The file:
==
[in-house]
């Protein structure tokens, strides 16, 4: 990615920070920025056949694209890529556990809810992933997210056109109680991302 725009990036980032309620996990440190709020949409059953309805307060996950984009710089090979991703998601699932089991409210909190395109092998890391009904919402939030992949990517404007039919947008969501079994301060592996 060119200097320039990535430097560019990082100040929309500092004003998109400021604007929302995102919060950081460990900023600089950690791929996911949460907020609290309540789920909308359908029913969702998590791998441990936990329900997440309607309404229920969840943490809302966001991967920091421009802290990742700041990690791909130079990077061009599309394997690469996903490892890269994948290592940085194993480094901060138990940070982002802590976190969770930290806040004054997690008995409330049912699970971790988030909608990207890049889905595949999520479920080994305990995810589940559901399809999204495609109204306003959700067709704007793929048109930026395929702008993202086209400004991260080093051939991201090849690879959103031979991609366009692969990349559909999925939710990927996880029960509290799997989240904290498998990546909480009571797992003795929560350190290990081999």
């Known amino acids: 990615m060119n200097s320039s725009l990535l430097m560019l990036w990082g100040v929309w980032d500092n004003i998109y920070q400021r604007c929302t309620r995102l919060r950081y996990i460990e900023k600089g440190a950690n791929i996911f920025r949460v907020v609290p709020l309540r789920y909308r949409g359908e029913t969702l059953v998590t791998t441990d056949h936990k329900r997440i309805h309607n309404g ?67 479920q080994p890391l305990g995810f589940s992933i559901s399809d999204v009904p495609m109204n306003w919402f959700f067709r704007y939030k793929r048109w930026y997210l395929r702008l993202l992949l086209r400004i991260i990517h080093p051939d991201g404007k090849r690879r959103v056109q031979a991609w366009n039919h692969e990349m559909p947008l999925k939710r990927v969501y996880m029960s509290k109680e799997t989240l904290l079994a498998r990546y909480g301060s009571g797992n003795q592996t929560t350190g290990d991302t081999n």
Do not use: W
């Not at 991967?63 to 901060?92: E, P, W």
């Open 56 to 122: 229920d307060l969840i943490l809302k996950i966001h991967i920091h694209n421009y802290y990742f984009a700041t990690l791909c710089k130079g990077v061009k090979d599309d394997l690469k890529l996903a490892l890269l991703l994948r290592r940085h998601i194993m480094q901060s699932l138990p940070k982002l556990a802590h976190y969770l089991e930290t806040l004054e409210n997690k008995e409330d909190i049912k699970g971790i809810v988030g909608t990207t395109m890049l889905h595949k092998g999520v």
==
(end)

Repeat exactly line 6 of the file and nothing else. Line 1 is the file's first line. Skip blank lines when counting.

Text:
């Open 56 to 122: 229920d307060l969840i943490l809302k996950i966001h991967i920091h694209n421009y802290y990742f984009a700041t990690l791909c710089k130079g990077v061009k090979d599309d394997l690469k890529l996903a490892l890269l991703l994948r290592r940085h998601i194993m480094q901060s699932l138990p940070k982002l556990a802590h976190y969770l089991e930290t806040l004054e409210n997690k008995e409330d909190i049912k699970g971790i809810v988030g909608t990207t395109m890049l889905h595949k092998g999520v």